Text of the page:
Article

Patients With Prostate Cancer Most Concerned With ADT Cost, Delivery Method

Author(s):

A cross-sectional survey of patient preferences found that the out-of-pocket cost of treatment was the most impactful attribute for patients when choosing an androgen deprivation therapy (ADTs) for their prostate cancer.

A cross-sectional survey of patient preferences found that the out-of-pocket (OOP) cost of treatment was the most impactful attribute for patients when choosing an androgen deprivation therapy (ADT) for their prostate cancer. The findings were presented in an abstract at the 2023 American Urological Association Annual Meeting and published in The Journal of Urology.


There are several options for ADT, and they vary in their administration, common adverse events, the speed of testosterone recovery and onset, and the cost of treatment. In the current study, researchers aimed to determine which treatment characteristics are most important to patients when it comes to ADT selection.

The study included 304 men who were older than 40 years, self-reported a prostate cancer diagnosis, and had health care coverage for the past 3 years. Patients were recruited to participate in a cross-sectional survey through health care research panels, and patients who could not remember, who did not know if they received ADT, or who could not complete the survey independently were not eligible.

The mean patient age was 64.1 years, and the mean time from diagnosis was 5.4 years. About half of the participants had previously used ADT, and 55.3% reported prostate cancer that was organ confined. A discrete choice experiment was used to assess patients’ preferences regarding ADT.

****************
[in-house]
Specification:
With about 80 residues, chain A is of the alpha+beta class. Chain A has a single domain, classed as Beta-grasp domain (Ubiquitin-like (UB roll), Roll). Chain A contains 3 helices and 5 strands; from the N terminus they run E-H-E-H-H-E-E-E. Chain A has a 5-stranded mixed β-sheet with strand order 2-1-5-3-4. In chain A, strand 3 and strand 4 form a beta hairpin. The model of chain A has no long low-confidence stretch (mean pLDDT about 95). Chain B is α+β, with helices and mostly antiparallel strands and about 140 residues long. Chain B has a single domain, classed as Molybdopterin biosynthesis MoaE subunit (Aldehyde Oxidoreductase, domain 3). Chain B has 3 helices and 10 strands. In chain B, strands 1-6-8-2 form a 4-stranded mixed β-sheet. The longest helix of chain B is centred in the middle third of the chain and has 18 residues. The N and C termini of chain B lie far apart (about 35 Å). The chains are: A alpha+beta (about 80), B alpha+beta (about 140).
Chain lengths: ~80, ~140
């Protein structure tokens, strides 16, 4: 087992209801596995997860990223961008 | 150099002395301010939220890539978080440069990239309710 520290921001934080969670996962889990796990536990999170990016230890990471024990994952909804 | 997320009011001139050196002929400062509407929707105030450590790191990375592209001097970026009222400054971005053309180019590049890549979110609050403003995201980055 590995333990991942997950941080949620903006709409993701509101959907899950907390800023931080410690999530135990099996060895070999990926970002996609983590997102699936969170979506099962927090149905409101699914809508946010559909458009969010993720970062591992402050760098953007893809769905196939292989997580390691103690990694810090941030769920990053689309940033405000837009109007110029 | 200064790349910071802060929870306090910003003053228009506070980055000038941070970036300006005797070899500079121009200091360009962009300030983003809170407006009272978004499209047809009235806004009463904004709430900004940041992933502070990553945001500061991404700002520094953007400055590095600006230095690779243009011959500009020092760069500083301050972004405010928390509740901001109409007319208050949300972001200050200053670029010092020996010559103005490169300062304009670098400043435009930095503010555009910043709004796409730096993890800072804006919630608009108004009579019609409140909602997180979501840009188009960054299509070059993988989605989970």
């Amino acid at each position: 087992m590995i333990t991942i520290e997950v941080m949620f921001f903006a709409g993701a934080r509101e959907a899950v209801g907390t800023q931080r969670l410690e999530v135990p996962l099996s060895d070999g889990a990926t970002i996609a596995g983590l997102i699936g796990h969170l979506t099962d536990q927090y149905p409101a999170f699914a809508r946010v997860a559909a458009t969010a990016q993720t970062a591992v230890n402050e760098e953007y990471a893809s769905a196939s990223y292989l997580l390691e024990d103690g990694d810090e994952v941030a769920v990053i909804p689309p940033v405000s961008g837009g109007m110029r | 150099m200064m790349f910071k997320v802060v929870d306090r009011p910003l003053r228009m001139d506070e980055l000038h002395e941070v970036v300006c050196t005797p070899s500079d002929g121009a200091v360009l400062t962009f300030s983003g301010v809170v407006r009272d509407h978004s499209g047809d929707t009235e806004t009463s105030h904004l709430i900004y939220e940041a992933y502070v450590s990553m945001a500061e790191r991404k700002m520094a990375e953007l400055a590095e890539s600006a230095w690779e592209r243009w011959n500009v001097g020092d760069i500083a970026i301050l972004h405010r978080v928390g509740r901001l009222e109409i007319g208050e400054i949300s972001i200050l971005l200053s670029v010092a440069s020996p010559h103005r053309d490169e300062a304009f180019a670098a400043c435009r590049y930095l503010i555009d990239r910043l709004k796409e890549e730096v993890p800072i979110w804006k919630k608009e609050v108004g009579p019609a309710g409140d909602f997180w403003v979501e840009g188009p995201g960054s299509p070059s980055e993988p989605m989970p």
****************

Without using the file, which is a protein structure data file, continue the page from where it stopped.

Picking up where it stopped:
Among all patients, the aspect of therapy with the highest relative importance (RI) was reducing OOP costs from $350 to $5 per month (RI = 32.7 of 100). Switching from receiving an injection once per month to taking a pill daily had the second highest RI, at 21.6.

Switching from monthly injections to daily pills was a more important aspect for non-White men, those with cardiovascular conditions, and patients with disease that had spread.

In the overall population, impact on sexual activity and time to testosterone recovery after therapy cessation had RIs of 17.5 and 16.3, respectively. Less significant factors to patients were a reduced risk of cardiovascular events (RI = 7.4) and testosterone surge after initialization (RI = 4.5).

Although the preferences varied depending on age group, they were similar between men who had previously undergone ADT and those who had not.


“When selecting ADT, OOP cost had the most impact, overall and across subgroups. Given the variations in salience of ADT attributes, especially mode of administration, shared decision-making should take individuals’ preferences into account,” the authors concluded.

Reference

Collins SP, Beusterian K, Hauber B, et al. Preferences for key attributes of clinically available androgen deprivation therapies among men with prostate cancer. Abstract presented at: American Urological Association Annual Meeting; April 28-May 1, 2023; Chicago, IL. Accessed May 3, 2023. https://www.auajournals.org/doi/abs/10.1097/JU.0000000000003226.03

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